Saturday was Senior Day for the Iowa men’s basketball program, but it was a pair of freshmen who made the difference.
Adam Woodbury and Anthony Clemmons both played near-flawless games in the Hawkeyes’ 74-60 win over Nebraska on Saturday afternoon in Carver-Hawkeye Arena.
After a bit of streakiness recently from the young duo, Woodbury and Clemmons took charge and stepped up for the Hawkeyes (20-11, 9-9 Big Ten) en route to their first 20-win campaign since the 2005-06 season. Woodbury was 6-for-6 overall from the field while Clemmons was 5-for-7.
“A lot of teams’ goal is to win 20, and not very many teams can do it,” Woodbury said. “To be a part of this, it’s pretty special to me. We’re not done yet. We hope to keep winning.”
Nebraska (14-17, 5-13) decreased the deficit to just one point early on in the second half, helped by solid shooting from Ray Gallegos, who had 22 points.
But then the Hawkeyes pulled away.
Iowa went on a 15-0 run and never looked back. With the victory, the Black and Gold have secured the No. 6 seed in the Big Ten tournament next week.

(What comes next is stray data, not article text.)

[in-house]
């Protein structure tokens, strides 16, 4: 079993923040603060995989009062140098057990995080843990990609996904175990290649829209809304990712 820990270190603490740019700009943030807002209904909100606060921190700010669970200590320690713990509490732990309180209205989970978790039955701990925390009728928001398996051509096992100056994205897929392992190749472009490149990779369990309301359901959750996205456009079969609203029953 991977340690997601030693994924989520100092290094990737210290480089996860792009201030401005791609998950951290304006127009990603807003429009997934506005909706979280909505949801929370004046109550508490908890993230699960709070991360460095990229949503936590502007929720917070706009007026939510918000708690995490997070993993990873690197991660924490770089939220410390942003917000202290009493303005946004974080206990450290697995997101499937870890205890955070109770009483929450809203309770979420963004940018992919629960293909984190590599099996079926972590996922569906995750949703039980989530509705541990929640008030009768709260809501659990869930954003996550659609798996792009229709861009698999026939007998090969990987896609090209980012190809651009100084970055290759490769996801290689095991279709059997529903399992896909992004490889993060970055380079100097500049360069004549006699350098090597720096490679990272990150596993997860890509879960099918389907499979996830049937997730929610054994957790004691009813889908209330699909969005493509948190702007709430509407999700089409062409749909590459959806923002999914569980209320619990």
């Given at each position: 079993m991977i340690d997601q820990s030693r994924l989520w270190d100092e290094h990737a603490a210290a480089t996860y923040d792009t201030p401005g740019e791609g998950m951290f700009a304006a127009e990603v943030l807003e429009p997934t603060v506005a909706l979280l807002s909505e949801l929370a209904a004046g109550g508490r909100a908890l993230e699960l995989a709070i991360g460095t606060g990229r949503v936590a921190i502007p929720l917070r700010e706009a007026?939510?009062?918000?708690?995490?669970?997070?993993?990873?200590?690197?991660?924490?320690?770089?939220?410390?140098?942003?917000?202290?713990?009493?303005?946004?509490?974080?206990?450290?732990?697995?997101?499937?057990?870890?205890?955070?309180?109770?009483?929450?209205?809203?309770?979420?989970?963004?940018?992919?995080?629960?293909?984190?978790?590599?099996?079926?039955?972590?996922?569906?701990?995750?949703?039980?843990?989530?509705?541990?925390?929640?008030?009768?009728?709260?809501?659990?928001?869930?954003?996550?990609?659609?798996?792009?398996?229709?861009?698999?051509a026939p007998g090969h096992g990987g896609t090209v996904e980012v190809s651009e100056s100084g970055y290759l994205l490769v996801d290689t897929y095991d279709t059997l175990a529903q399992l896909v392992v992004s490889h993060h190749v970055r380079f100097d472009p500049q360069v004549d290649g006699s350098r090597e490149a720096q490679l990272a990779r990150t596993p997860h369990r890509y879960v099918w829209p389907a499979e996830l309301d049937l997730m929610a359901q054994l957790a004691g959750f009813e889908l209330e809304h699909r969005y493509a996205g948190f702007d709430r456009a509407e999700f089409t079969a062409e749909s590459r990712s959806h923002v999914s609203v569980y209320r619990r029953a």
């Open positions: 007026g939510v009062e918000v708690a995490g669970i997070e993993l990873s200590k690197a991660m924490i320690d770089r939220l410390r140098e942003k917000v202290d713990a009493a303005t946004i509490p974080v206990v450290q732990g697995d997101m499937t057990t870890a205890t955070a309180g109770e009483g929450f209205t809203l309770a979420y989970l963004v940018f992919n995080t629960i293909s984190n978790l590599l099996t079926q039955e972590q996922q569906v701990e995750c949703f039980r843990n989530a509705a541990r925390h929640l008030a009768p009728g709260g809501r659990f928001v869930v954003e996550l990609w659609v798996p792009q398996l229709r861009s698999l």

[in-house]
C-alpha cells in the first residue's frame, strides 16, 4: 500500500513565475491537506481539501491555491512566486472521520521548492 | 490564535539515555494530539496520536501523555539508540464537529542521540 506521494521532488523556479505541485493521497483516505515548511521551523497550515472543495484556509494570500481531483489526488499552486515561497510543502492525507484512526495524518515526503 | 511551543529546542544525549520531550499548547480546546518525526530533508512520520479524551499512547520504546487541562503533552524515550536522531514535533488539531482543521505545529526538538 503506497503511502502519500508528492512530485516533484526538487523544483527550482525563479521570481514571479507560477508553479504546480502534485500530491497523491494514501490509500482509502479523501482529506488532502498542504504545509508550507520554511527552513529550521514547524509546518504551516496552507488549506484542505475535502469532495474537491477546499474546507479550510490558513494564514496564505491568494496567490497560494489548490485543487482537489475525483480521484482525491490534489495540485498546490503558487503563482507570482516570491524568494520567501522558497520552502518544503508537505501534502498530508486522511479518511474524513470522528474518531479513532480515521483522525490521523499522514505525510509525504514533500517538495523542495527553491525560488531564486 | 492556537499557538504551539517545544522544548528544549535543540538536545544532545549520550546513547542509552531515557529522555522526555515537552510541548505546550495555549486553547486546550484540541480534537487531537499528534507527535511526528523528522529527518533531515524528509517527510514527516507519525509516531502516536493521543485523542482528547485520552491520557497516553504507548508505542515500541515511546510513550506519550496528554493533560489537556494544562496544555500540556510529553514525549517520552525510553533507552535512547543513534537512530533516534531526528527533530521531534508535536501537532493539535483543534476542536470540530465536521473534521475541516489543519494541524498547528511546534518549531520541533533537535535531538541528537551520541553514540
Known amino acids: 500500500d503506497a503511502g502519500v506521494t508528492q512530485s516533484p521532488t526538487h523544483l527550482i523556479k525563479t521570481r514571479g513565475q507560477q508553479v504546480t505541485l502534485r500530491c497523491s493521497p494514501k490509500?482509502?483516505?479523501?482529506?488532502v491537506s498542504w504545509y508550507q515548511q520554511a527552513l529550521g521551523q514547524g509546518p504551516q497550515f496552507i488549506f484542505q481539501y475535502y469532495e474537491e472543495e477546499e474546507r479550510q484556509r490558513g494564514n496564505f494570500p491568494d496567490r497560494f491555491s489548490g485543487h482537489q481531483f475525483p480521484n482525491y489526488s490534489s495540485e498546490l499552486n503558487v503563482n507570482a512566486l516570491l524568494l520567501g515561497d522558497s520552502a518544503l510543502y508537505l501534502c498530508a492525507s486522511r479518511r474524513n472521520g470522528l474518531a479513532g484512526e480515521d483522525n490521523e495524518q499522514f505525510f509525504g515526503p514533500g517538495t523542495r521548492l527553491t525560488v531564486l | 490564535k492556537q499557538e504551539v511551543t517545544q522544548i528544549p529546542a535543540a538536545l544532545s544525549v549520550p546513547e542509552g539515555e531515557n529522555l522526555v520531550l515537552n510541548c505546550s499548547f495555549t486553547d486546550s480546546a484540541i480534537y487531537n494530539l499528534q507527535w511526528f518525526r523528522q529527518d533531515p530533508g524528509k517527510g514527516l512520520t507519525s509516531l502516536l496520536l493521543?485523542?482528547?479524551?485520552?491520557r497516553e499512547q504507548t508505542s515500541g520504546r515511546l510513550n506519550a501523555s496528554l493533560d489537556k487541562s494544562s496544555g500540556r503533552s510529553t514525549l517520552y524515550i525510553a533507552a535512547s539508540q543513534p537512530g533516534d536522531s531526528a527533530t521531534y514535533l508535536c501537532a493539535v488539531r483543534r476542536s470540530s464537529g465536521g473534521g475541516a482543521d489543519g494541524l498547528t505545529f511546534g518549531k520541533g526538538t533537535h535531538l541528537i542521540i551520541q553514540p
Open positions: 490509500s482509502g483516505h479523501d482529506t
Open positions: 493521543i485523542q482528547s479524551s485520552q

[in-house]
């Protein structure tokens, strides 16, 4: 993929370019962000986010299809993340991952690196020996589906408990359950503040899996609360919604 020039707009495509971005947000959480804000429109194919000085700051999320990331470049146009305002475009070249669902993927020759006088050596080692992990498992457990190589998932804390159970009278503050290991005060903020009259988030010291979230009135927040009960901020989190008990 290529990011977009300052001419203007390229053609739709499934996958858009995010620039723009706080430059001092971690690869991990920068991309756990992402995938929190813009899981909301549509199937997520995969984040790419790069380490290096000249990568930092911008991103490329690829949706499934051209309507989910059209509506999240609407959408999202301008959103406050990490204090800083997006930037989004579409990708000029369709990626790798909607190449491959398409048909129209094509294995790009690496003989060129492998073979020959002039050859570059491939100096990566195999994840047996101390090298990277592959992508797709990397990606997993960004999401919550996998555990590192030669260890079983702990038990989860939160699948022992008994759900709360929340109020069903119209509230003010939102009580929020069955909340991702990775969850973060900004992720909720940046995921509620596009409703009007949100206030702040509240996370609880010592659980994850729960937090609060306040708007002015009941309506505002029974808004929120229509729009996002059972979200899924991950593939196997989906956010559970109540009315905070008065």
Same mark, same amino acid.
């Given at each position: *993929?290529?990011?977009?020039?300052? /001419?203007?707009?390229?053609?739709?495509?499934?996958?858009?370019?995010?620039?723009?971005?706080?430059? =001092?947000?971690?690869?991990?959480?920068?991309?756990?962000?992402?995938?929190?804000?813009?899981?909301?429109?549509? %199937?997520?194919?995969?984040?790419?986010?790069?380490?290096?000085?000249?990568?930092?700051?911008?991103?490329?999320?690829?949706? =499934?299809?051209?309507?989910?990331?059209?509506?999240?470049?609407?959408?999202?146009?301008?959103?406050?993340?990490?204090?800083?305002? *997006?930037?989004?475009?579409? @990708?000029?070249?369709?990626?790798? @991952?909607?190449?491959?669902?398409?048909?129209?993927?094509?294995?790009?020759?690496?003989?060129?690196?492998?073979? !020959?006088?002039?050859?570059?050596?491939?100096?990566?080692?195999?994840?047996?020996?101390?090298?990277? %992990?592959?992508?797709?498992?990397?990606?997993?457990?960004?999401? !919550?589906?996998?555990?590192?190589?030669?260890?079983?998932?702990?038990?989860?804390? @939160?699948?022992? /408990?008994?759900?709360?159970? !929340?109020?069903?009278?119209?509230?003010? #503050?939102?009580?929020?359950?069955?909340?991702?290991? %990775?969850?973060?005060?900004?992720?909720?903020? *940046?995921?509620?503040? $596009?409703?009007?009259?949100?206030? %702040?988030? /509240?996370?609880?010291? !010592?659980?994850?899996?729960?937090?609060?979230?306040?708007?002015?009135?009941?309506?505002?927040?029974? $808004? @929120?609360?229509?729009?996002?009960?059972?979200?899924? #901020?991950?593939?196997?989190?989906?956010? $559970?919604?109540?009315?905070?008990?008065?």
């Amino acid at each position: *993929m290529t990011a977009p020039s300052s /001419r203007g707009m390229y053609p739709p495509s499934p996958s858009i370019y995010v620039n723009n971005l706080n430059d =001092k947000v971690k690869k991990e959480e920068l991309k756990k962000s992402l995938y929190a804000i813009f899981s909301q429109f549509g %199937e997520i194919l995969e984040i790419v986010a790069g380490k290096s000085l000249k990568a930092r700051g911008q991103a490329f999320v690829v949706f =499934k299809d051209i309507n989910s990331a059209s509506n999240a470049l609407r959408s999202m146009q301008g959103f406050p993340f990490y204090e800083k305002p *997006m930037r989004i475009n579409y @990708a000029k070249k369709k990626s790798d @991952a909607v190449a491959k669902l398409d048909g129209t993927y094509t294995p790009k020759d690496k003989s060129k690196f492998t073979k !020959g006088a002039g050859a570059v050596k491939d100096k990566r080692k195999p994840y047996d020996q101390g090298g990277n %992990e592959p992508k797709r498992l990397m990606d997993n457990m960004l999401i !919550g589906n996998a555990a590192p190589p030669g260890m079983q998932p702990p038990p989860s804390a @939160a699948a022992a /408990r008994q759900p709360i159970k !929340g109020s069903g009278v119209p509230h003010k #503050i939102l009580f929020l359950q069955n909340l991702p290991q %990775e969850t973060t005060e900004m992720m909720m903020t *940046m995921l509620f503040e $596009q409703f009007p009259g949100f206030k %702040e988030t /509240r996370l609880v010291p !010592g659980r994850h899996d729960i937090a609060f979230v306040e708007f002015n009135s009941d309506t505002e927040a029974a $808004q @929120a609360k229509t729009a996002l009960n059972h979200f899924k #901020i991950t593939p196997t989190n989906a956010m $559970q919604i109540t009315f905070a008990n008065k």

“In the first few minutes of the second half, we didn’t really have the defensive intensity we needed,” said sophomore Aaron White, who posted 19 points and 6 rebounds. “We knew they weren’t going to go away. We responded well on defense on went on some runs.”
Woodbury and Clemmons aided a lot of those runs.
Aggressive, aggressive, aggressive. That was the theme for the Hawkeyes’ freshmen.
“I went through a slump, but now I’m back,” Clemmons said. “If you see an opening, you have to attack the basket. There is nothing better than making a play in transition.”
Saturday’s win propels Iowa’s postseason résumé even further. The NCAA tournament is a possibility, but head coach Fran McCaffery’s squad will have to win at least one game in the conference tourney, probably two-plus.
Heading into the contest with the Huskers, Iowa boasted a No. 31 ranking nationally by Ken Pomeroy and were 76th in RPI.
McCaffery noted Iowa’s .500 conference record, close losses to Indiana, Michigan State, and Wisconsin, and a full body of work that has resulted in 20 victories, to vague for the Big Dance.
“I think we deserve tremendous consideration,” he said. “I definitely feel like we’re one of the best 68 teams. To have gone through this league — clearly the best league in the country — and finish 9-9 … we’ve accomplished a great deal.”
Is it enough?